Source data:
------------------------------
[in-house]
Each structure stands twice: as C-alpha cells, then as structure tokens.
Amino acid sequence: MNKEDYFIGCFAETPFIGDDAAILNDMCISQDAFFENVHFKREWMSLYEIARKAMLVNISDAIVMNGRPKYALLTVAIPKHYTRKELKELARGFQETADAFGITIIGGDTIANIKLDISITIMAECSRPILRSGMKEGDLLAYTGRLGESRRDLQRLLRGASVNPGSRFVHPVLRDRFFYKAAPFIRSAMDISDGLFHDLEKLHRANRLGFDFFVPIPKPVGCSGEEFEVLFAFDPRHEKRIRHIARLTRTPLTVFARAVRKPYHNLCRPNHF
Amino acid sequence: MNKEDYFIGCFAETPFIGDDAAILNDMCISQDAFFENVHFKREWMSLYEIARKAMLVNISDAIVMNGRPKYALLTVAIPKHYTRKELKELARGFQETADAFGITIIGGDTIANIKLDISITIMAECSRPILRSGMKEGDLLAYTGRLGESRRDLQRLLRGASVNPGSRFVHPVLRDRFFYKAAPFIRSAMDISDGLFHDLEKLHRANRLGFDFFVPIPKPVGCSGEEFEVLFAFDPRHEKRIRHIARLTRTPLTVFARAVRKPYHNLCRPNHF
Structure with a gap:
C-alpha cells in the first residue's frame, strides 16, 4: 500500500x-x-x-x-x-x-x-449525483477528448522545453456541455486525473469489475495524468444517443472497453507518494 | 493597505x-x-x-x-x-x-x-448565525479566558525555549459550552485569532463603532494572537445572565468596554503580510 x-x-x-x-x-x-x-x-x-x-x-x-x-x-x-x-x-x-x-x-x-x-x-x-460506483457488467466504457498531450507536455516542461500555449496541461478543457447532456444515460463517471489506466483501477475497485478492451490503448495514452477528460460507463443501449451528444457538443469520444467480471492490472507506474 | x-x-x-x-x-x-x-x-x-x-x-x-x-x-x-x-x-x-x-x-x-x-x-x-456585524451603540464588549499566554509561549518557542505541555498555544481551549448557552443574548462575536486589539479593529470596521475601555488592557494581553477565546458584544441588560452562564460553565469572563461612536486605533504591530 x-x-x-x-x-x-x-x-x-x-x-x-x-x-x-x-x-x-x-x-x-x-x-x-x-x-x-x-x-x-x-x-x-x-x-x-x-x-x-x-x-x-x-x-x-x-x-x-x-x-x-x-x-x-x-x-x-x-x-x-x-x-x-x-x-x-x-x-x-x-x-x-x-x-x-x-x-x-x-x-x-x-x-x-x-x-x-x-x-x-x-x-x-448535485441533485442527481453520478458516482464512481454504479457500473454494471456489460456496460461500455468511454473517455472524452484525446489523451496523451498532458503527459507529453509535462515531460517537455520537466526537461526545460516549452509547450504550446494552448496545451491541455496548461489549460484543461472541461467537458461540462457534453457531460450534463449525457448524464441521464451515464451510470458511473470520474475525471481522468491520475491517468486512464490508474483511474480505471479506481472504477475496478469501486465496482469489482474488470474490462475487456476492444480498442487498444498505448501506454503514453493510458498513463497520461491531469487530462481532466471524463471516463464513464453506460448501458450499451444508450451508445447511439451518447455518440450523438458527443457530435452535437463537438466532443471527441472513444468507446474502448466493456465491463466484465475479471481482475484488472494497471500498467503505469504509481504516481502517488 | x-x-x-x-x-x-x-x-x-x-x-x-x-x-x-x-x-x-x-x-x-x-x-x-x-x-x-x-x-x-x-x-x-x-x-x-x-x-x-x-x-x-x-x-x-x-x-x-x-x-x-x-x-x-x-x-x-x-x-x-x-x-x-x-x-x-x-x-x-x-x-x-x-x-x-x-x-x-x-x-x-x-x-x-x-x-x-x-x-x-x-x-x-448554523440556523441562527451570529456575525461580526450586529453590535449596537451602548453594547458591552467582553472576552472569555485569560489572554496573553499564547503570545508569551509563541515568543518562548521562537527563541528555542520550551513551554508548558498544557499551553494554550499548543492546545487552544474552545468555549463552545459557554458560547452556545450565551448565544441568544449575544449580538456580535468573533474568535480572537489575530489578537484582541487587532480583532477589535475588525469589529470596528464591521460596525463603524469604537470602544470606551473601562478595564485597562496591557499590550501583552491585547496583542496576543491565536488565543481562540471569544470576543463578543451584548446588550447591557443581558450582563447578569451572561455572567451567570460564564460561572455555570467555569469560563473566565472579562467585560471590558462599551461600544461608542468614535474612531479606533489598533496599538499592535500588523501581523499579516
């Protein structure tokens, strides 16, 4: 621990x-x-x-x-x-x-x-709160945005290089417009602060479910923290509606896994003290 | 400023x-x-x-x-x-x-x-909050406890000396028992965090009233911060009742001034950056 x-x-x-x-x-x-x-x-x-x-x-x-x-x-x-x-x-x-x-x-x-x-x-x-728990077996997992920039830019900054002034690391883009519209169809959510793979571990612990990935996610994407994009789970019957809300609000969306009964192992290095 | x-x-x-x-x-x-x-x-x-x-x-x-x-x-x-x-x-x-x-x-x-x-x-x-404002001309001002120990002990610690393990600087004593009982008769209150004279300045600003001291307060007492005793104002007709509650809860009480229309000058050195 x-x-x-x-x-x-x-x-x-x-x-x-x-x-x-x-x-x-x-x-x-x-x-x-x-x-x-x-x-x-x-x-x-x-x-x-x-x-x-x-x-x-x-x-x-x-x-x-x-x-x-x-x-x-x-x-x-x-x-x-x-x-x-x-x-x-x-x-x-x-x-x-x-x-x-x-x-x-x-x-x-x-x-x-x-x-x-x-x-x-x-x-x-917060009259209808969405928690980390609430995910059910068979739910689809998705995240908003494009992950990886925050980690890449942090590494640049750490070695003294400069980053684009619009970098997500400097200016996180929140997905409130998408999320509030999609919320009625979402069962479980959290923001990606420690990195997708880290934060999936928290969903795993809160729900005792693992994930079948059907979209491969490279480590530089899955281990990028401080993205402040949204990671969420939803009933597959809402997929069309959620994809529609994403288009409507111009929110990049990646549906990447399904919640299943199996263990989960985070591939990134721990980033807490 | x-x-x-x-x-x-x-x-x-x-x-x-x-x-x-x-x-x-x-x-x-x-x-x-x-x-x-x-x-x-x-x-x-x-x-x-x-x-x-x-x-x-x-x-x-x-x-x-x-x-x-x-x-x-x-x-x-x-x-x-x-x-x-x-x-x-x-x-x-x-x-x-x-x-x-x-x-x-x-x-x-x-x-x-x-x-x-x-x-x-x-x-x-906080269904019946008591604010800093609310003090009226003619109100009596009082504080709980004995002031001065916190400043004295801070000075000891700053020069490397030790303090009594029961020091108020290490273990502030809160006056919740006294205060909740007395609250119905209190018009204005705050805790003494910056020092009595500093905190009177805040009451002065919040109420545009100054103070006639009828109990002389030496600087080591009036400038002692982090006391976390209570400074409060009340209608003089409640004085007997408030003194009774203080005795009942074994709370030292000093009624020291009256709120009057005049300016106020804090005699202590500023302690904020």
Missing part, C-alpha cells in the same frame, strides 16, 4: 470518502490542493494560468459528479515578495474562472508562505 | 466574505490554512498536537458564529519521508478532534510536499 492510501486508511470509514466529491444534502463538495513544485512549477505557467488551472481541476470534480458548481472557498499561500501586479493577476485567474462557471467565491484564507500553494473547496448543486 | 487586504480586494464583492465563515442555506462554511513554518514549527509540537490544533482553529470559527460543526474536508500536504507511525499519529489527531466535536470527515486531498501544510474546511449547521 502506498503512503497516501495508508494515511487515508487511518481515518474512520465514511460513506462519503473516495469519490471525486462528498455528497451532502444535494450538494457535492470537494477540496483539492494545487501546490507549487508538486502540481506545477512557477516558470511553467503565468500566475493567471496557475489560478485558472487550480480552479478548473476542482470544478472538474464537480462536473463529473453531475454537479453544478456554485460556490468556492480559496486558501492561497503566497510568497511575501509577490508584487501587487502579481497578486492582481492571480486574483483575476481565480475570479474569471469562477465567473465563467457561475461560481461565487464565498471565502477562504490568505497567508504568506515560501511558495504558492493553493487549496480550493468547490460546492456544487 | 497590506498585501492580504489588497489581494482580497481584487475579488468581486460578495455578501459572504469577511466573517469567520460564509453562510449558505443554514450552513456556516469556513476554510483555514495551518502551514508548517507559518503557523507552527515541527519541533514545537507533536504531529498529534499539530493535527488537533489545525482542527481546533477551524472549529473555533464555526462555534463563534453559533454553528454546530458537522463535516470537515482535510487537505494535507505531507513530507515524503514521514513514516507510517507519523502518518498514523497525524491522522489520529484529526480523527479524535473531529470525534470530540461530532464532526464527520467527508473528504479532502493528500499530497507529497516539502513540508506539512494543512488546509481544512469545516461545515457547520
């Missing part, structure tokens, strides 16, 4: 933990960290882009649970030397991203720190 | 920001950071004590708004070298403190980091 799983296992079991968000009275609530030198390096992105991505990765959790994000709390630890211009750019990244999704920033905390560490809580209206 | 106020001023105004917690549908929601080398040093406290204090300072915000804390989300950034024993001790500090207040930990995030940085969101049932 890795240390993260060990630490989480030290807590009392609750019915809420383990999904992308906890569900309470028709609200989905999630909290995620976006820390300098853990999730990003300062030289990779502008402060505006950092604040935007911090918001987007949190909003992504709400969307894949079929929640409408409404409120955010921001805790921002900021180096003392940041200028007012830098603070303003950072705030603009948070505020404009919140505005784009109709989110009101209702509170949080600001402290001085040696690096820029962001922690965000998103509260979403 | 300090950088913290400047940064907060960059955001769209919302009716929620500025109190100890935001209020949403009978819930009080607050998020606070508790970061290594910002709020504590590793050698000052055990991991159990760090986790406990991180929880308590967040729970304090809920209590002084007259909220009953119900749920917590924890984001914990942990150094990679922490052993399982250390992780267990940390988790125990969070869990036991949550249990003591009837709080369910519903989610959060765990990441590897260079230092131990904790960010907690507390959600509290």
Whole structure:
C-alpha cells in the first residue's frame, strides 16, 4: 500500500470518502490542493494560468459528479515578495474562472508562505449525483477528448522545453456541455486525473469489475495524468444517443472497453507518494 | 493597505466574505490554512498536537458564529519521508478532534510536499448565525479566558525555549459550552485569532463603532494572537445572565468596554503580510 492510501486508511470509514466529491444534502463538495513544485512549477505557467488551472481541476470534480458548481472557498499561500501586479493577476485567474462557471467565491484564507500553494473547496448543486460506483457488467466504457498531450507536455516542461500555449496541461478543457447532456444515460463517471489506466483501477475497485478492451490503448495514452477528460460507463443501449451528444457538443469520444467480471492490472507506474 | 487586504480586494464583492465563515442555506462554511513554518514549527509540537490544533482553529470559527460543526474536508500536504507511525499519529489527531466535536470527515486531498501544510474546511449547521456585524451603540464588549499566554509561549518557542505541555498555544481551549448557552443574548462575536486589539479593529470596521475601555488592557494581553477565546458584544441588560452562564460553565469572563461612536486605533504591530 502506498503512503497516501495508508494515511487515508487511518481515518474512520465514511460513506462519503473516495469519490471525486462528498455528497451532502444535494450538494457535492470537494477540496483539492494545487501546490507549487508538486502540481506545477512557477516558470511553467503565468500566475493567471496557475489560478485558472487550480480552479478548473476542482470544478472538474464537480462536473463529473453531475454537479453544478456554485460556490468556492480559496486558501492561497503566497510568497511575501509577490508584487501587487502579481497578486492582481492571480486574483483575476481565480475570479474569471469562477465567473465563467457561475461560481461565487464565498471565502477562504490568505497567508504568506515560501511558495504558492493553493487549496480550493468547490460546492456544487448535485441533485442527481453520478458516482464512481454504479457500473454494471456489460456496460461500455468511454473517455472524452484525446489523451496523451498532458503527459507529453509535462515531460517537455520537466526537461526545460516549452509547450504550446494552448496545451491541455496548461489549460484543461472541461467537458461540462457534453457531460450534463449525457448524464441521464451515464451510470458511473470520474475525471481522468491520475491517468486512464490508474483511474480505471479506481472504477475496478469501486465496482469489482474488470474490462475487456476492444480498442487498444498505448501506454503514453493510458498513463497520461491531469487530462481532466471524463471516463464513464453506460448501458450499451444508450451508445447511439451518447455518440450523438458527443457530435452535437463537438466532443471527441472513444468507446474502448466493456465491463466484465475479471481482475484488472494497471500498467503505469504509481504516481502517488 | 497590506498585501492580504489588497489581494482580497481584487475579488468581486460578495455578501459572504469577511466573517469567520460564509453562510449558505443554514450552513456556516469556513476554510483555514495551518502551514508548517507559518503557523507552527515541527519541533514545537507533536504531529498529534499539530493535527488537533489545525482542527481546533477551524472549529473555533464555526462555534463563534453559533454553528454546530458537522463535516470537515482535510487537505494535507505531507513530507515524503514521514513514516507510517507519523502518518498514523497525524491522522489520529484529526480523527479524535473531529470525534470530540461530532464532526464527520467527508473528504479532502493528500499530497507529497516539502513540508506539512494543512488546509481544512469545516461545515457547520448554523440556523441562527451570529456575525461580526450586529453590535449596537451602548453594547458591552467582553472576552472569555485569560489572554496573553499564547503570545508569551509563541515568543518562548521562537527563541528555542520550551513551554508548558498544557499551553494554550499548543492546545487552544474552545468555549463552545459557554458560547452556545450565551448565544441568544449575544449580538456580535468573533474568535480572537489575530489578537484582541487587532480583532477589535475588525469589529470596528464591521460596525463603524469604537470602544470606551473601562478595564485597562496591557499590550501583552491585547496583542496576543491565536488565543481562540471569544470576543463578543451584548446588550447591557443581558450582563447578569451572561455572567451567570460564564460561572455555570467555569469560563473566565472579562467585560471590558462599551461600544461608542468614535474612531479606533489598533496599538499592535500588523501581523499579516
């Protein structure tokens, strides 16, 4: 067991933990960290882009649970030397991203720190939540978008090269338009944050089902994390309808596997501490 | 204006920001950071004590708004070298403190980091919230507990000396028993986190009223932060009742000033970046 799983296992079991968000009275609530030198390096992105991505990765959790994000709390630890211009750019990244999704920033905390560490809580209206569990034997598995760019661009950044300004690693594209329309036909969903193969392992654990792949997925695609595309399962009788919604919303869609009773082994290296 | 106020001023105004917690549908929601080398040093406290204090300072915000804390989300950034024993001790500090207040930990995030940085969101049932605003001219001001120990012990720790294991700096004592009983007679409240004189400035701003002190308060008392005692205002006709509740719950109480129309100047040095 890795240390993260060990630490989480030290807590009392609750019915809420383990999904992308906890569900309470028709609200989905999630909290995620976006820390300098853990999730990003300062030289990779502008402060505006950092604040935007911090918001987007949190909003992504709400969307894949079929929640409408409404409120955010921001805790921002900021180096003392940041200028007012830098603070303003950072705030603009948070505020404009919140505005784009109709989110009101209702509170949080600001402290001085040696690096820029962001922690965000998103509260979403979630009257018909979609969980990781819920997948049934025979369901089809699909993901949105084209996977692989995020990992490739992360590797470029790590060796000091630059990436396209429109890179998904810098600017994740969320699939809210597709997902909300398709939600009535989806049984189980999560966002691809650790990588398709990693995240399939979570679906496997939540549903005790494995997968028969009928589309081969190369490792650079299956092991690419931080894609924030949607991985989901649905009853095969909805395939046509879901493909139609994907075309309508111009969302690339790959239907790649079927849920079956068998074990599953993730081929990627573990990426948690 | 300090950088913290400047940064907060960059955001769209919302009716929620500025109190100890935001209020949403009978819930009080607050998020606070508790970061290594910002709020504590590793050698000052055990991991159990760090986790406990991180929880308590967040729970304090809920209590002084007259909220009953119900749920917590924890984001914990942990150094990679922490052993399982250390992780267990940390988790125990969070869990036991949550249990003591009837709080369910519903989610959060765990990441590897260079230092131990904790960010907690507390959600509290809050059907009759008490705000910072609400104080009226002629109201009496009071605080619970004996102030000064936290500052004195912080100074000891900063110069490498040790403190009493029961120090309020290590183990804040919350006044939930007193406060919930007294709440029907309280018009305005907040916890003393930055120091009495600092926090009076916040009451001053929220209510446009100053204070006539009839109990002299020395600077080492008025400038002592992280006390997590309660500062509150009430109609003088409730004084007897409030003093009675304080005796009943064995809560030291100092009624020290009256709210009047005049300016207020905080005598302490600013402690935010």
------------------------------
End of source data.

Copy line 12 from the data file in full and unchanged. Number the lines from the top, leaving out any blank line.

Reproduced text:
């Protein structure tokens, strides 16, 4: 067991933990960290882009649970030397991203720190939540978008090269338009944050089902994390309808596997501490 | 204006920001950071004590708004070298403190980091919230507990000396028993986190009223932060009742000033970046 799983296992079991968000009275609530030198390096992105991505990765959790994000709390630890211009750019990244999704920033905390560490809580209206569990034997598995760019661009950044300004690693594209329309036909969903193969392992654990792949997925695609595309399962009788919604919303869609009773082994290296 | 106020001023105004917690549908929601080398040093406290204090300072915000804390989300950034024993001790500090207040930990995030940085969101049932605003001219001001120990012990720790294991700096004592009983007679409240004189400035701003002190308060008392005692205002006709509740719950109480129309100047040095 890795240390993260060990630490989480030290807590009392609750019915809420383990999904992308906890569900309470028709609200989905999630909290995620976006820390300098853990999730990003300062030289990779502008402060505006950092604040935007911090918001987007949190909003992504709400969307894949079929929640409408409404409120955010921001805790921002900021180096003392940041200028007012830098603070303003950072705030603009948070505020404009919140505005784009109709989110009101209702509170949080600001402290001085040696690096820029962001922690965000998103509260979403979630009257018909979609969980990781819920997948049934025979369901089809699909993901949105084209996977692989995020990992490739992360590797470029790590060796000091630059990436396209429109890179998904810098600017994740969320699939809210597709997902909300398709939600009535989806049984189980999560966002691809650790990588398709990693995240399939979570679906496997939540549903005790494995997968028969009928589309081969190369490792650079299956092991690419931080894609924030949607991985989901649905009853095969909805395939046509879901493909139609994907075309309508111009969302690339790959239907790649079927849920079956068998074990599953993730081929990627573990990426948690 | 300090950088913290400047940064907060960059955001769209919302009716929620500025109190100890935001209020949403009978819930009080607050998020606070508790970061290594910002709020504590590793050698000052055990991991159990760090986790406990991180929880308590967040729970304090809920209590002084007259909220009953119900749920917590924890984001914990942990150094990679922490052993399982250390992780267990940390988790125990969070869990036991949550249990003591009837709080369910519903989610959060765990990441590897260079230092131990904790960010907690507390959600509290809050059907009759008490705000910072609400104080009226002629109201009496009071605080619970004996102030000064936290500052004195912080100074000891900063110069490498040790403190009493029961120090309020290590183990804040919350006044939930007193406060919930007294709440029907309280018009305005907040916890003393930055120091009495600092926090009076916040009451001053929220209510446009100053204070006539009839109990002299020395600077080492008025400038002592992280006390997590309660500062509150009430109609003088409730004084007897409030003093009675304080005796009943064995809560030291100092009624020290009256709210009047005049300016207020905080005598302490600013402690935010």